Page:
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Friday, Jan 27, 2023
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Around the Valleys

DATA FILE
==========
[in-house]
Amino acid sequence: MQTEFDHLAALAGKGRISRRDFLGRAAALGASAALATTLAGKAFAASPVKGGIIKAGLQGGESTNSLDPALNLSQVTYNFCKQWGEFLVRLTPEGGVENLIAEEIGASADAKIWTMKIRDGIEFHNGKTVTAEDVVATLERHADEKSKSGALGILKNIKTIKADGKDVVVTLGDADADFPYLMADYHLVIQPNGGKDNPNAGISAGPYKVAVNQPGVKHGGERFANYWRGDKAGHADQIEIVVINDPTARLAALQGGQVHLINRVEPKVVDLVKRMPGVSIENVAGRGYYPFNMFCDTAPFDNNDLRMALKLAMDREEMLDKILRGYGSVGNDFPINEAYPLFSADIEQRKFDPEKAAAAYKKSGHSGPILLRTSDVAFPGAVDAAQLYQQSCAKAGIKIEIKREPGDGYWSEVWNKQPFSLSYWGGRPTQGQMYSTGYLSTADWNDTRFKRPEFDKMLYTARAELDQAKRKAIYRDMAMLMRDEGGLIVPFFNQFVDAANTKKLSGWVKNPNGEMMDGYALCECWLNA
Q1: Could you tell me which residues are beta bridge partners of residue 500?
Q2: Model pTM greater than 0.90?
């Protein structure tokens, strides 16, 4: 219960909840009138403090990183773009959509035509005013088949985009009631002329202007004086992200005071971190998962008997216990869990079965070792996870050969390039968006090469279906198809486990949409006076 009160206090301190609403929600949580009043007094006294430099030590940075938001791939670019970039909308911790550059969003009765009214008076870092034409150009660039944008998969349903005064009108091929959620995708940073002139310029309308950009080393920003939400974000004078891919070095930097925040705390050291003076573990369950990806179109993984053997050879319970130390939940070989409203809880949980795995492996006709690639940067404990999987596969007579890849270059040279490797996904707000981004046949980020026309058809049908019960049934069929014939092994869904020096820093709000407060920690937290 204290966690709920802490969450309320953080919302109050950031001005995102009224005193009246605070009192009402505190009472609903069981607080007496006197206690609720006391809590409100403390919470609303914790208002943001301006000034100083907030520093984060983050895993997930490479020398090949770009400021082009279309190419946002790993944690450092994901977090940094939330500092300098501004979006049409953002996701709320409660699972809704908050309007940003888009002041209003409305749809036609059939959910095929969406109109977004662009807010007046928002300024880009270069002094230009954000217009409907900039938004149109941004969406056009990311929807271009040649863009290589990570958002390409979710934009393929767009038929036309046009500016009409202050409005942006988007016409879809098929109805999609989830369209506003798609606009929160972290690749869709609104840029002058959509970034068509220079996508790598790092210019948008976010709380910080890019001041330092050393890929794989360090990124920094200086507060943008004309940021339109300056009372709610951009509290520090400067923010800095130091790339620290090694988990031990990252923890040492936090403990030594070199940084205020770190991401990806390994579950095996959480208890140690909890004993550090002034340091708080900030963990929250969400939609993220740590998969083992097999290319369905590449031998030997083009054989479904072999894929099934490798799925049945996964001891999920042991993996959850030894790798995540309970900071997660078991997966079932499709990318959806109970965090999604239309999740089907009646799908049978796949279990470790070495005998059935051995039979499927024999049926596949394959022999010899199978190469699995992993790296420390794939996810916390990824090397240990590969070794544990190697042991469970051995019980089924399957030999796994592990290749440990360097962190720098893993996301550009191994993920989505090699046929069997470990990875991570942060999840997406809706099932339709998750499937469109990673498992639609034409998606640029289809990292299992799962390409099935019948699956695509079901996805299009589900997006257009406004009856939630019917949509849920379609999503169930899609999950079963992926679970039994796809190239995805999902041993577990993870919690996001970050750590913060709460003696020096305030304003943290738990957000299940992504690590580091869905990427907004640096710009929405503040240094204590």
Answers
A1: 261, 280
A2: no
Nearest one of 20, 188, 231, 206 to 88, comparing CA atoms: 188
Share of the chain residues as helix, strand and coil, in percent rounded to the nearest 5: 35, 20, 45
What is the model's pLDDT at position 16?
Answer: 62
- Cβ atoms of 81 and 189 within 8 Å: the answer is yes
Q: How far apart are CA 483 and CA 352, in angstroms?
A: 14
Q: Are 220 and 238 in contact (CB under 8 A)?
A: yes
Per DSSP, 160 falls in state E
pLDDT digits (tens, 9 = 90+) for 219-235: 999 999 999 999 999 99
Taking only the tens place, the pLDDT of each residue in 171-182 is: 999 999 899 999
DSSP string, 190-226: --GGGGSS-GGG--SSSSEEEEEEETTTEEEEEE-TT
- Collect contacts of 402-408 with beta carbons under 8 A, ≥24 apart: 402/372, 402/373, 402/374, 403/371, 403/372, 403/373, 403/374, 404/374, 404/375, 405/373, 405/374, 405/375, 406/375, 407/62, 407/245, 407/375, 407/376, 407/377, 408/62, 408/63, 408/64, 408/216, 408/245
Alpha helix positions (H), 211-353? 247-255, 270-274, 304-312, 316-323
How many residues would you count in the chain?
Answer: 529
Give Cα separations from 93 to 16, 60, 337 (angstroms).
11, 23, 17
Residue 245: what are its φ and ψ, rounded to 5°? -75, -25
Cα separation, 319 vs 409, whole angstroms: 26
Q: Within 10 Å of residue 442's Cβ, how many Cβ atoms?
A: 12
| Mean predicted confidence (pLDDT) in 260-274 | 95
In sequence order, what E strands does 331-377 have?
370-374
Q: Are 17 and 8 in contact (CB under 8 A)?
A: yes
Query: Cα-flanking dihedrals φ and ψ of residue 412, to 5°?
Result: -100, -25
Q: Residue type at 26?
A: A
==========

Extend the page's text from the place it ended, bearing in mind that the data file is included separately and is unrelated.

Conejo Valley THOUSAND OAKS Amgen Inc. will end a partnership to develop a drug for psoriasis because it could face restrictive labeling over concerns that it might lead to suicidal thoughts. In 2012, the Thousand Oaks biotech signed an agreement with London-based AstraZeneca to develop and commercialize the skin treatment called brodalumab. But during clinical studies, patients reported thoughts of suicide, and Amgen concluded that would prompt warning labels that could limit the marketability of the drug. While the announcement surprised analysts, the news hurt AstraZeneca more than Amgen. Alexandra Hauber, an analyst at UBS AG, lowered her sales projections for AstraZeneca by 3 to 9 percent for 2017-2020. San Fernando Valley BURBANK James A. “Jay” Rasulo, chief financial officer at Walt Disney Co., is stepping down June 30 in a move expected since Chief Executive Bob Iger passed him over in February as heir apparent. Rasulo, who joined Disney in 1986, has been working without a contract since January. Iger, 63, appointed studio veteran Thomas Staggs as chief operating officer on Feb. 5, putting him next in line for the CEO job should Iger step down when his contract expires in June 2018, as is expected. The company said Rasulo will continue to advise the company and “assist in the transition” after he leaves. A successor was not named. A Florida senator has called for an investigation into potential misuses of a controversial visa program used by Disney and other companies that employ immigrants to fill engineering and tech positions. The request by Sen. Bill Nelson followed a New York Times report that Disney laid off 250 employees at Walt Disney World in Orlando last year and had them train inexpensive replacements brought in from India through the H-1B visa program. The visa program allows up to 85,000 temporary visas for foreigners with advanced technical skills to fill jobs when companies cannot find American workers to fill the positions. Disney issued a statement that said the layoffs were part of a restructuring and it had hired back 120 of the workers. ENCINO Children’s Hospital Los Angeles opened its first outpatient clinic in the San Fernando Valley. The 5363 Balboa Blvd. center in Encino spans 3,000 square feet and has seven exam rooms staffed by doctors from the Hollywood non-profit hospital. It also will serve children from the Conejo Valley and nearby parts of Los Angeles, including Bel-Air, Brentwood and Pacific Palisades, said Robert Adler, chief medical officer at the hospital’s Pediatric Network. The hospital treated 19,351 children from the San Fernando Valley area in the one-year period ended last July, accounting for more than 100,000 doctor visits. GLENDALE A North Hollywood classical theater company announced plans to transform a long-vacant downtown Glendale storefront into a new cultural arts center. The Antaeus Theatre Co. is taking 7,700-square-foot at 110 E. Broadway, a highly visible location across the street from the Americana at Brand mall. The space has been largely vacant since a Gateway Computer retailer moved out several years ago. The project will transform the storefront into an 80-seat main theater and a 40-seat black box stage, and feature additional rehearsal space, a lobby and a classics library. The theater hopes to complete the multimillion dollar reconstruction in time to stage its fall 2016 season there. LegalZoom.com Inc. has sued the North Carolina State Bar, accusing the body of violating federal antitrust laws by trying to prevent the company from selling its legal service plans in the state. The Glendale online legal services company is seeking $10 million in damages in the lawsuit filed in U.S. District Court in North Carolina. It also wants a court order forcing the bar to certify LegalZoom’s prepaid plans. According to LegalZoom, the company has tried to get its plans registered with the bar, a legal requirement, but it refused, maintaining the plans constitute the unauthorized practice of law. SYLMAR Shareholders of Tutor Perini Corp. have rejected the Sylmar construction company’s executive pay package for the fifth year in a row. The vote at the company’s annual meeting was non-binding but allowed shareholders to express their opinion on the compensation of the company’s chief executive, chief financial officer and at least three other of the most highly compensated executives. Chief Executive Ronald Tutor, who owns 20 percent of the stock, came under particular criticism for his $25.6 million pay last year. The company did not return calls for comment on the shareholders’ vote. An upscale 223-unit apartment complex in Sylmar has traded hands for $45.8 million, or $205,000 a unit. Tarzana real estate investment firm J&B Asset Management purchased Rockwood at the Cascades from Overland Capital Group Inc. of Boston and Fairfield Residential, a multifamily investor and property management group in San Diego that developed the property. The 219,000-square-foot complex was built in 2007 on 12.7 acres at 16613 Foothill Blvd. It features 10 three-story buildings, a resort-style swimming pool and spa with cabanas and poolside Wi-Fi, a fitness center, a clubroom and a courtyard with a fireplace, dog park and playing field. VAN NUYS U.S. Customs service for international travelers has returned to Van Nuys Airport after a nine-year absence. A 1,500-square-foot facility at fixed-based operator Signature Flight Support opened late last month. Aircraft operators flying from international destinations will now no longer have to stop at Los Angeles International Airport or another port-of-entry to clear customs before continuing on to Van Nuys. The operators will pay a sliding user fee for the customs check. Van Nuys has been without customs agents since 2006, when they were pulled from there and Burbank Bob Hope Airport for re-assignment. WOODLAND HILLS A new Farmers Insurance product that fills a gap in coverage for Uber and Lyft drivers was approved by California Insurance Commissioner Dave Jones. The Woodland Hills insurer will offer coverage for what the ridesharing companies call “period one” – the time during which a driver has turned on his ride-hailing app and is awaiting a fare. It’s the first such policy offered by a major insurer. Under current rules, ridesharing companies are required to insure their drivers in period two, when they are on the way to pick up a passenger, and period three, when they are transporting a passenger. United Online Inc.’s subsidiary, Classmates Inc., has agreed to pay part of an $11 million penalty to settle allegations of deceptive advertising. Classmates, based in Seattle, and FTD Inc. agreed to the settlement with attorneys general in 22 states. FTD, the floral arrangement retailer, had been owned by Woodland Hills-based United Online until November 2013 when it was spun off as a separate company based in Chicago. The allegations stem from a period between 2005 and 2010 when visitors to the Classmates.com and FTD.com websites were sold trial term subscriptions for goods and services but were not adequately told their subscriptions would be renewed automatically on a credit card. Santa Clarita Valley VALENCIA The U.S. Department of Labor filed a lawsuit against Gruber Systems Inc., CEO John Hoskinson and Gruber’s employee stock ownership plan, accusing the defendants of violating federal labor law governing employee stock ownership plans, which give employees equity stakes in their companies. Hoskinson is alleged to have directed the plan to buy $2.6 million shares in the privately-held Valencia equipment maker in 2008 and 2009 at an inflated rate. He was the plan’s trustee and only member of the administrative committee at the time. The plan is funded by employee contributions. Hoskinson said he would not comment because the matter is in litigation.